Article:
Hexahydro-1,3,5-trinitro-1,3,5-triazine (RDX) pollution is accompanied by other co-contaminants, such as perchlorate and chlorates, which can retard biodegradation. The effects of perchlorate and chlorate on aerobic RDX degradation remain unclear. We hypothesized that they have a negative or no impact on aerobic RDX-degrading bacteria. We used three aerobic RDX-degrading strains—Rhodococcus strains YH1 and T7 and Gordonia YY1—to examine this hypothesis. The strains were exposed to perchlorate, chlorate, and nitrate as single components or in a mixture. Their growth, degradation activity, and gene expression were monitored. Strain-specific responses to the co-contaminants were observed: enhanced growth of strain YH1 and inhibition of strain T7. Vmax and Km of cytochrome P450 (XplA) in the presence of the co-contaminants were not significantly different from the control, suggesting no direct influence on cytochrome P450. Surprisingly, xplA expression increased fourfold in cultures pre-grown on RDX and, after washing, transferred to a medium containing only perchlorate. This culture did not grow, but xplA was translated and active, albeit at lower levels than in the control. We explained this observation as being due to nitrogen limitation in the culture and not due to perchlorate induction. Our results suggest that the aerobic strain YH1 is effective for aerobic remediation of RDX in groundwater.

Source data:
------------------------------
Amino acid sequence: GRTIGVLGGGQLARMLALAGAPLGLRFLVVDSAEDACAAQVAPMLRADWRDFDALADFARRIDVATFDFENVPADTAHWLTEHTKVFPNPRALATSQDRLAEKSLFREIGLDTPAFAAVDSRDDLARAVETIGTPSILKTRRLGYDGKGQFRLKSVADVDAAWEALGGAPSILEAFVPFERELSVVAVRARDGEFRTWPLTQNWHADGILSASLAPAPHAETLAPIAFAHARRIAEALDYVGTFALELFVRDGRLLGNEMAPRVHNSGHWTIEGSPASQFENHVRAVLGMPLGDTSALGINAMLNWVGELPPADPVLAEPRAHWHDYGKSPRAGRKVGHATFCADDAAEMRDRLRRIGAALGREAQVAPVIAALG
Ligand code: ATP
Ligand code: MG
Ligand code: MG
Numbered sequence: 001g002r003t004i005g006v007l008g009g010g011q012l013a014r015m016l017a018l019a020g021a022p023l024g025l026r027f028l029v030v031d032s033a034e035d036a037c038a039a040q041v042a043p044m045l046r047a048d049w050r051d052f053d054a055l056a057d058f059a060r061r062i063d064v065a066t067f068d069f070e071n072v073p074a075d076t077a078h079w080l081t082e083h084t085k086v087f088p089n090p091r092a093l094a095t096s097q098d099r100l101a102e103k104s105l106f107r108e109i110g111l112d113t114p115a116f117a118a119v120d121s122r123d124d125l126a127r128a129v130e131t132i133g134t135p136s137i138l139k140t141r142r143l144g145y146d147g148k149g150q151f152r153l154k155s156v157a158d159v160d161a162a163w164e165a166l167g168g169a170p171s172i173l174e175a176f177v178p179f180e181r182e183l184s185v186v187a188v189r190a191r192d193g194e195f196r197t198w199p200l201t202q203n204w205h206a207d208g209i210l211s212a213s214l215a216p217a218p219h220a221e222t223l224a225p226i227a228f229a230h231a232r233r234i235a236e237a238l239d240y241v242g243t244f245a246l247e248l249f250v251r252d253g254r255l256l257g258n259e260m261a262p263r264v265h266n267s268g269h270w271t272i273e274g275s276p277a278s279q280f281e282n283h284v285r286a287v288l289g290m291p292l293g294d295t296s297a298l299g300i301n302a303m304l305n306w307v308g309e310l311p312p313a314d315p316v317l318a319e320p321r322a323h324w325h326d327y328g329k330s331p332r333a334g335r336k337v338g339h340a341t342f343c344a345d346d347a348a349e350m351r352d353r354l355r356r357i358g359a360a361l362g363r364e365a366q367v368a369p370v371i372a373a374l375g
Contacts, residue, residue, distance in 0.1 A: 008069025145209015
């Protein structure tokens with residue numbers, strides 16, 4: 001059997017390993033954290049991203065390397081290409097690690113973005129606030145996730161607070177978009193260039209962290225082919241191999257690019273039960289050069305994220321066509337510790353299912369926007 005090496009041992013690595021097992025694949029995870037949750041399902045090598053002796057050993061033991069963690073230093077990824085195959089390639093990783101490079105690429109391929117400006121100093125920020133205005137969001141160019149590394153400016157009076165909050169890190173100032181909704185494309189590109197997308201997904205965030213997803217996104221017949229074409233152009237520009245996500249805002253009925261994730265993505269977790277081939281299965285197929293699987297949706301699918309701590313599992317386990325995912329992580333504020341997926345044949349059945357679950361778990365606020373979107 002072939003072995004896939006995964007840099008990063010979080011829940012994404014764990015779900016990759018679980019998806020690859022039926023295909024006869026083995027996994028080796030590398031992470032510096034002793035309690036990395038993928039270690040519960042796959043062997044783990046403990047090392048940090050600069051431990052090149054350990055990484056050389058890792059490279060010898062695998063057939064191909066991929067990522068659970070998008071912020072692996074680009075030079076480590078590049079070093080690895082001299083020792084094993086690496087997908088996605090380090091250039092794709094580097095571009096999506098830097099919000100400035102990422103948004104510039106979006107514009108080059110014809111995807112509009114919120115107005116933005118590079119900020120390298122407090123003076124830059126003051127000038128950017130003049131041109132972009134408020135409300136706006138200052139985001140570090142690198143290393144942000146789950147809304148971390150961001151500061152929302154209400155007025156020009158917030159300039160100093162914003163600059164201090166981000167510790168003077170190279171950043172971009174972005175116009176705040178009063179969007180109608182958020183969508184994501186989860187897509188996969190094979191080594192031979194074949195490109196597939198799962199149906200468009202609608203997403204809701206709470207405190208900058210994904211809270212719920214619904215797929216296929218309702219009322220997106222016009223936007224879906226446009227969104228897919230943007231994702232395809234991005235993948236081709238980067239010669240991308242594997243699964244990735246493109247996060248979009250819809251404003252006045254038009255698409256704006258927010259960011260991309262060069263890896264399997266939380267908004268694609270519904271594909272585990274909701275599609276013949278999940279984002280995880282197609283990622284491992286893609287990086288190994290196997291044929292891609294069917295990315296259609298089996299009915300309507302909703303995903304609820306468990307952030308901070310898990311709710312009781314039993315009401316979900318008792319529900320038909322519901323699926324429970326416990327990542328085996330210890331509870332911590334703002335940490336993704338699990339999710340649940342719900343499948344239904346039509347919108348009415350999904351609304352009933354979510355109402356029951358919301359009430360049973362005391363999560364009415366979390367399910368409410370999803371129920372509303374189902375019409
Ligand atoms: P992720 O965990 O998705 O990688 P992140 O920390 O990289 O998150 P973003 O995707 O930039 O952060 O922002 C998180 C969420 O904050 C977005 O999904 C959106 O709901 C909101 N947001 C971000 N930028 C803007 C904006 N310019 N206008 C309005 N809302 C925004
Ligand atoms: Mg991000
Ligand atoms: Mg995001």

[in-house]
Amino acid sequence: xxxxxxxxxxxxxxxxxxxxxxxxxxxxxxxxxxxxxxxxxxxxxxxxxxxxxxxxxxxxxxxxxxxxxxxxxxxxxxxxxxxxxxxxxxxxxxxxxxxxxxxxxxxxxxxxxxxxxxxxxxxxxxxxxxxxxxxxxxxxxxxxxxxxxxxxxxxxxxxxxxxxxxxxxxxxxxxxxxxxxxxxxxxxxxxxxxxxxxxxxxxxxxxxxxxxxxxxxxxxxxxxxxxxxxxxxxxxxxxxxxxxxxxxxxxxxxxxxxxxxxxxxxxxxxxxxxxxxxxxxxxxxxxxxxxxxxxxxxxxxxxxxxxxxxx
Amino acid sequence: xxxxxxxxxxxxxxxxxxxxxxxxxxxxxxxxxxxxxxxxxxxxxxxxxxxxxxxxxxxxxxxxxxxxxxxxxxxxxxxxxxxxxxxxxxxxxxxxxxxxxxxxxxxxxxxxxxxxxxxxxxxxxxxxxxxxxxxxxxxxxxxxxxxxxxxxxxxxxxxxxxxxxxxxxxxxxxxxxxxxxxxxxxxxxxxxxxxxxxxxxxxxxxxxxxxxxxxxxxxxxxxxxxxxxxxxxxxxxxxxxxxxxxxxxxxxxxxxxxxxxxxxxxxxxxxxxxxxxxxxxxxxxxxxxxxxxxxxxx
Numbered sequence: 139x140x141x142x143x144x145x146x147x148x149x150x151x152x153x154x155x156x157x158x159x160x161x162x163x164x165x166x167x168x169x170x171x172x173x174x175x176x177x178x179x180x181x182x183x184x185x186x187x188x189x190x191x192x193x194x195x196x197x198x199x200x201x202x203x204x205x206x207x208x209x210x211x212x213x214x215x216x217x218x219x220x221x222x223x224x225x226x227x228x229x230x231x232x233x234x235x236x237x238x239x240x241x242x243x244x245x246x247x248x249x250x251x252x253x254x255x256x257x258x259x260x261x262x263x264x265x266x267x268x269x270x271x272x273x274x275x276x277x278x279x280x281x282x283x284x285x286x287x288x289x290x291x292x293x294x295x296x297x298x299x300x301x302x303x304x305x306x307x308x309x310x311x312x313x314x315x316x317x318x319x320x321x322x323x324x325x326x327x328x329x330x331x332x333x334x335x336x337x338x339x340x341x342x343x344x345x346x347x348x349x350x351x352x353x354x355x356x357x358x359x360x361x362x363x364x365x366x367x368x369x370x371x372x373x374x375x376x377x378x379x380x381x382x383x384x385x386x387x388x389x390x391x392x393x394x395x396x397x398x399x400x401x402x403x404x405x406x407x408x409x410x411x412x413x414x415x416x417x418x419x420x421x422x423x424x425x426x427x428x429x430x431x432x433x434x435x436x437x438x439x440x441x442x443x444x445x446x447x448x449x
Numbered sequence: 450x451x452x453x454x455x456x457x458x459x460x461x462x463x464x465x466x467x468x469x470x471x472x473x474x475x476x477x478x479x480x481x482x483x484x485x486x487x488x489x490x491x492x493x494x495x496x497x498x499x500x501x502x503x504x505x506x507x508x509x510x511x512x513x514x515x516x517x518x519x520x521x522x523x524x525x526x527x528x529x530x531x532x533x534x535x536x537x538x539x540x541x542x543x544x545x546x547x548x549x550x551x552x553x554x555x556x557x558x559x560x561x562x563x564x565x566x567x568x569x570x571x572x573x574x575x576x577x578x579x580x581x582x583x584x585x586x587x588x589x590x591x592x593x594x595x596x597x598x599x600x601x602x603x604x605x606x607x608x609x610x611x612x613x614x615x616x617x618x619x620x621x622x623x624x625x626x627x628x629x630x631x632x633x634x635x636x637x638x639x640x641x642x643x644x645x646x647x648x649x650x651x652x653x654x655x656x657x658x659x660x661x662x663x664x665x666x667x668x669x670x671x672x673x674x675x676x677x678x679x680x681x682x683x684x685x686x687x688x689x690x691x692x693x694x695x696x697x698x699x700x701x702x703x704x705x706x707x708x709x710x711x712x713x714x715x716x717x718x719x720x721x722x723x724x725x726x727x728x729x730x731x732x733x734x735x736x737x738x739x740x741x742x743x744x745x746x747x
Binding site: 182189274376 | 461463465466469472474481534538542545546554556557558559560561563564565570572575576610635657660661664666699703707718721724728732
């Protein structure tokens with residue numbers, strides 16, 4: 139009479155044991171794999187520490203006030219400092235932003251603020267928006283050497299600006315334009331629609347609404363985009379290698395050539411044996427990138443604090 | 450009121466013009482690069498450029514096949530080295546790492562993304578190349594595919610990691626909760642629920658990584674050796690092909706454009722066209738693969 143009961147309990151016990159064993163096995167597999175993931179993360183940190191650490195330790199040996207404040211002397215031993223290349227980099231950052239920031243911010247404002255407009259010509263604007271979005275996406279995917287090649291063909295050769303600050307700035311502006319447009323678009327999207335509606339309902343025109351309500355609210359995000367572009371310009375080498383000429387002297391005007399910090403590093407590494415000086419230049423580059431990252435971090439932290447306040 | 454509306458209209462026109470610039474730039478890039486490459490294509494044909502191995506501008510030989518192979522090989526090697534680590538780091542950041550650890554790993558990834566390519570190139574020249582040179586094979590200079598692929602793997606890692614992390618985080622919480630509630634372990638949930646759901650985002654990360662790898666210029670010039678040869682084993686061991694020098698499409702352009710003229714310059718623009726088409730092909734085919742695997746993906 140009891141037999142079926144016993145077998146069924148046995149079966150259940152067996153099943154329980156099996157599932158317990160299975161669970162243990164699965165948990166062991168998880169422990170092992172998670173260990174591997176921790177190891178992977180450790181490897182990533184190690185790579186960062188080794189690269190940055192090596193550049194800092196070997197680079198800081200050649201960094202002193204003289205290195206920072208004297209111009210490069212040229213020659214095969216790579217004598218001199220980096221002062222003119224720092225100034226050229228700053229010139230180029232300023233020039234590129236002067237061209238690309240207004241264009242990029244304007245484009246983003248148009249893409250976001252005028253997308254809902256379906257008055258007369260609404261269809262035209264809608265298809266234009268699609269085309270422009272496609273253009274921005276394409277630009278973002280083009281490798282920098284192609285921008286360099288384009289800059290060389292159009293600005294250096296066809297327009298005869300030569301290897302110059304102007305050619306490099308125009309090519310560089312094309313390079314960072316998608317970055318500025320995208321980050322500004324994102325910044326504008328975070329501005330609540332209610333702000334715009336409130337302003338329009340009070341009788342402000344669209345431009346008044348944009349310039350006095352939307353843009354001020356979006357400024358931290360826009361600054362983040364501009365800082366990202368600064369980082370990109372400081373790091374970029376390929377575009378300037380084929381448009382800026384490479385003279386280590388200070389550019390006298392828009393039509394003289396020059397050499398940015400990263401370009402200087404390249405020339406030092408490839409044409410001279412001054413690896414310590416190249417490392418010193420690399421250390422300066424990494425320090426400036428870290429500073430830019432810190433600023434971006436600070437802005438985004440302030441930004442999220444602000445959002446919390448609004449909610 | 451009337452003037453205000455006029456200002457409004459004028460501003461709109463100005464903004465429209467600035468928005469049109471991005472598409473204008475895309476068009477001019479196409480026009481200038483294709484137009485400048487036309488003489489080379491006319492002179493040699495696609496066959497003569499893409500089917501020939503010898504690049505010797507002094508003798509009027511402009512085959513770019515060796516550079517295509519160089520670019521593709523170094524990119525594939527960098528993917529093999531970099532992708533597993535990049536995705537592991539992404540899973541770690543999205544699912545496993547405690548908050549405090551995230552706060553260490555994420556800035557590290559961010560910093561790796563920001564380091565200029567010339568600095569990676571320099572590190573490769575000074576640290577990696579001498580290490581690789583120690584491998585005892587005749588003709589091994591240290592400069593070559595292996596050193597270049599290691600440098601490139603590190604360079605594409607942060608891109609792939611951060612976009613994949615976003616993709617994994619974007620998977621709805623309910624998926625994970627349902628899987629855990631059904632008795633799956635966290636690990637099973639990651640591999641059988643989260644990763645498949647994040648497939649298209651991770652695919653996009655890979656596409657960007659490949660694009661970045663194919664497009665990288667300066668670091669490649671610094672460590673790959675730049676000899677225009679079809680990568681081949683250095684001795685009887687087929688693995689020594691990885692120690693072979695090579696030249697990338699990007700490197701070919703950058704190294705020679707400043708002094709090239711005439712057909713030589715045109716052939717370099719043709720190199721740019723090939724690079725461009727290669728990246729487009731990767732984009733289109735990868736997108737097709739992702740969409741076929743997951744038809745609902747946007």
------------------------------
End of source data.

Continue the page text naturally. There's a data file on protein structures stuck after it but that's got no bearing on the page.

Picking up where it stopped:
ASJC Scopus subject areas
- Microbiology (medical)